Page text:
Rats fed on high-fat diets increased the chances of their daughters and granddaughters developing breast cancer, a US study has found.
Pregnant rats were fed a fat-rich or normal diet. Twenty weeks later, 80 per cent of rats whose two grandmothers were fed a fatty diet developed breast cancer compared with 50 per cent of rats whose grandmothers were fed a normal diet. When only one grandmother was fed a fatty diet, 69 per cent of rats developed breast cancer.
'This study provides critical evidence that what mothers are exposed to during pregnancy, not only affects her offspring's mammary cancer risk, but also affects the mammary cancer risk of the subsequent generation' writes Dr Sonia de Assis of Georgetown University, Washington DC, who presented the findings at the American Association for Cancer Research (AACR) meeting this month.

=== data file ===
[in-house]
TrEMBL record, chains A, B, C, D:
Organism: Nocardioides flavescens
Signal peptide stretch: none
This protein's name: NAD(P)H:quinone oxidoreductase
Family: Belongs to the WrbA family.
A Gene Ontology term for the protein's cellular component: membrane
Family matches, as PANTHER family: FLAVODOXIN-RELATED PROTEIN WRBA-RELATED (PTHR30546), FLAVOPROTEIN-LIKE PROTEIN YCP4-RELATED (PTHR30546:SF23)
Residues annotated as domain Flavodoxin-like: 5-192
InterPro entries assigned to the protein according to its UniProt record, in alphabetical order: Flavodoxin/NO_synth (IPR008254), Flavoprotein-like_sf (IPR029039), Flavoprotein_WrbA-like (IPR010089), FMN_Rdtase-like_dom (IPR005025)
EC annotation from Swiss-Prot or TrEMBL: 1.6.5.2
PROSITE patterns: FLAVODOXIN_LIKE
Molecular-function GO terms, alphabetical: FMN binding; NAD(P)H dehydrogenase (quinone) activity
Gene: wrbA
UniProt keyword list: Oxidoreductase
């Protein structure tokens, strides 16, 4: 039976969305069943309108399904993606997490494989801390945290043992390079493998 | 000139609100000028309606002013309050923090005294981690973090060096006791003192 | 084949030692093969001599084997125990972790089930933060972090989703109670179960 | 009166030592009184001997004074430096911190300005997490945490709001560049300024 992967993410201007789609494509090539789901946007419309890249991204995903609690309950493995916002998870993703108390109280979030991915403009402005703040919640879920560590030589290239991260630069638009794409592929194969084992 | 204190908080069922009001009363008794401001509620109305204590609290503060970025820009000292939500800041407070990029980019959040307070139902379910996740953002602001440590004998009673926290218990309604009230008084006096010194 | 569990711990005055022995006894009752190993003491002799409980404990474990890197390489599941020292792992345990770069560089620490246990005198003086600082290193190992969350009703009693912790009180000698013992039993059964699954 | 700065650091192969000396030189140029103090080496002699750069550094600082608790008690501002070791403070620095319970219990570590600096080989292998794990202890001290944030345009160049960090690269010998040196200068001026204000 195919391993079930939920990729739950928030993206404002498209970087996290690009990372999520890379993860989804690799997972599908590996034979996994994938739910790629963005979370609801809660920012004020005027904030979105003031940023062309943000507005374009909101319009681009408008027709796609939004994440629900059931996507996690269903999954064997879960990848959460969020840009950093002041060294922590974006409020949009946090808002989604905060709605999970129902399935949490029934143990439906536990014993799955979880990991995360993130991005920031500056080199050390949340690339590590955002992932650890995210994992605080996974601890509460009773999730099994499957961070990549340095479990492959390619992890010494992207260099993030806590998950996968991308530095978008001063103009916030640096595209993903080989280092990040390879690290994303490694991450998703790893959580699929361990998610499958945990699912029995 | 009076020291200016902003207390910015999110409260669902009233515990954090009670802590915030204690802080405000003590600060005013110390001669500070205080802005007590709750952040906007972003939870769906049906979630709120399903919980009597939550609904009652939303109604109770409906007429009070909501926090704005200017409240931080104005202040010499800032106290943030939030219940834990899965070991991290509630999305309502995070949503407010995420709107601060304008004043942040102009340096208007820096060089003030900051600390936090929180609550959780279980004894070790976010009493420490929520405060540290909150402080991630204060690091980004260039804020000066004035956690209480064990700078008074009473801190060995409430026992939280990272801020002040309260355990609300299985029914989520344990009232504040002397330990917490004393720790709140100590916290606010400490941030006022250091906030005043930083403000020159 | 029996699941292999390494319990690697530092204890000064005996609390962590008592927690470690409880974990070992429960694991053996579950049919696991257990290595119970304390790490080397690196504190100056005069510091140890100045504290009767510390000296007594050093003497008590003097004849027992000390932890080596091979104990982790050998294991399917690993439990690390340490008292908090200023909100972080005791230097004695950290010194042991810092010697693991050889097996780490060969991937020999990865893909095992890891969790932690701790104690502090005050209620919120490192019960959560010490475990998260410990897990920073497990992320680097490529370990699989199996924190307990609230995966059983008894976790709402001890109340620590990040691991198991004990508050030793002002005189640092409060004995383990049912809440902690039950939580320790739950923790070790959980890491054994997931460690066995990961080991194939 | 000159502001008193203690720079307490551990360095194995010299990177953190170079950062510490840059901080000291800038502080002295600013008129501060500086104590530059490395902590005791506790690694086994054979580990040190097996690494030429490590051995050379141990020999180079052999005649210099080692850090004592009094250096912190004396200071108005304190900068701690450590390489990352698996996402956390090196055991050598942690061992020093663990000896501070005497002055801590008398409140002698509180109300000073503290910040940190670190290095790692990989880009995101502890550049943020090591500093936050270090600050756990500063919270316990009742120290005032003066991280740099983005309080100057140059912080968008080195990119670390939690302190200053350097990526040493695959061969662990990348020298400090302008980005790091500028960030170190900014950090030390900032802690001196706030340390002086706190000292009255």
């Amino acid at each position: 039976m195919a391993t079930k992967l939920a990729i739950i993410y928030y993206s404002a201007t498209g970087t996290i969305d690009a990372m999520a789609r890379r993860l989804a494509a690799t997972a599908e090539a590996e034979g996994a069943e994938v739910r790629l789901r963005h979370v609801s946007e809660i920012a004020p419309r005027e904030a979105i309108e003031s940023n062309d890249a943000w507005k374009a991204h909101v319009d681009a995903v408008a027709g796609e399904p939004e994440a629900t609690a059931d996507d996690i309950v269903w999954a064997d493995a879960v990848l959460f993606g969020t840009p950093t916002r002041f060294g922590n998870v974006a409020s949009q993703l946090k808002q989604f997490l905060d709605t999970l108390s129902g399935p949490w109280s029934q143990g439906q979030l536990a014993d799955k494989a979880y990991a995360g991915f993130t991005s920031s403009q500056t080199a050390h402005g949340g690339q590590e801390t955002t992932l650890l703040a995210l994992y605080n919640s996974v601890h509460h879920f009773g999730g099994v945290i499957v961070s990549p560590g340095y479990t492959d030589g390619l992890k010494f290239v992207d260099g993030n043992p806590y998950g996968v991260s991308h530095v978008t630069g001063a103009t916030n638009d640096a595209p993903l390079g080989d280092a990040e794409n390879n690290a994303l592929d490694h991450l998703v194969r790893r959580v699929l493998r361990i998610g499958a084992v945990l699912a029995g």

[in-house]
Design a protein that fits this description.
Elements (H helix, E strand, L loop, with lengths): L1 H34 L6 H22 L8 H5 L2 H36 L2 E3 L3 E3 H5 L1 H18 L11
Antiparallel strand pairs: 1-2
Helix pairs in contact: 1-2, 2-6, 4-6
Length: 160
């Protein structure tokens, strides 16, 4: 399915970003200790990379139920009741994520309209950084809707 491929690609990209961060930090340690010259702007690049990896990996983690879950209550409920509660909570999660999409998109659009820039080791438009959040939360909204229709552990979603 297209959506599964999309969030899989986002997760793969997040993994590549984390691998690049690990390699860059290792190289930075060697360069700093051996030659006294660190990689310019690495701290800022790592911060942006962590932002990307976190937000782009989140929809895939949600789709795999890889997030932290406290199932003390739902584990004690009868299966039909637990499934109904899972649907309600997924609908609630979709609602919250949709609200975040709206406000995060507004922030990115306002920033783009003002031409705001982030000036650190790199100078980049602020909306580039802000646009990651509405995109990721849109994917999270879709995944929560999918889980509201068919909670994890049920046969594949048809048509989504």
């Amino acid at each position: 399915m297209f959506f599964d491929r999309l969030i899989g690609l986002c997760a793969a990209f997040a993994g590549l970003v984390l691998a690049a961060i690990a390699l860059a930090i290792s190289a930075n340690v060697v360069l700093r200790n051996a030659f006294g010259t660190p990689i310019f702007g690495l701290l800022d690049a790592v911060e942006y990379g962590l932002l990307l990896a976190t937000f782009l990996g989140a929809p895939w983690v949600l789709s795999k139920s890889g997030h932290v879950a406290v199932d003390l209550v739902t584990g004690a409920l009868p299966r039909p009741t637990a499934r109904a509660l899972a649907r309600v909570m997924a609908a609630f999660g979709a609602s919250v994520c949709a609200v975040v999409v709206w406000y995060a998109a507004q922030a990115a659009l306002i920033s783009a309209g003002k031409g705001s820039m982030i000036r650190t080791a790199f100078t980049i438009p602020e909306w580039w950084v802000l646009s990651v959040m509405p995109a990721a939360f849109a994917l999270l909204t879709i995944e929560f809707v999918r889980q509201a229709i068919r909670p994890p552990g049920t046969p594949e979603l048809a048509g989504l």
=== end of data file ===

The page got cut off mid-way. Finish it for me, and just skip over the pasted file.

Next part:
Rats do not ordinarily develop breast cancer and therefore the rats used in this study had to be treated with a cancer-causing drug. The researchers speculate the increased risk of developing breast cancer observed in subsequent generations may be due to epigenetic changes. Epigenetic changes are changes induced by the environment that alter the activity of genes without altering the DNA sequence.
'We think that there may be other means of transmission that are not genetic that can account for breast cancer', said Dr de Assis.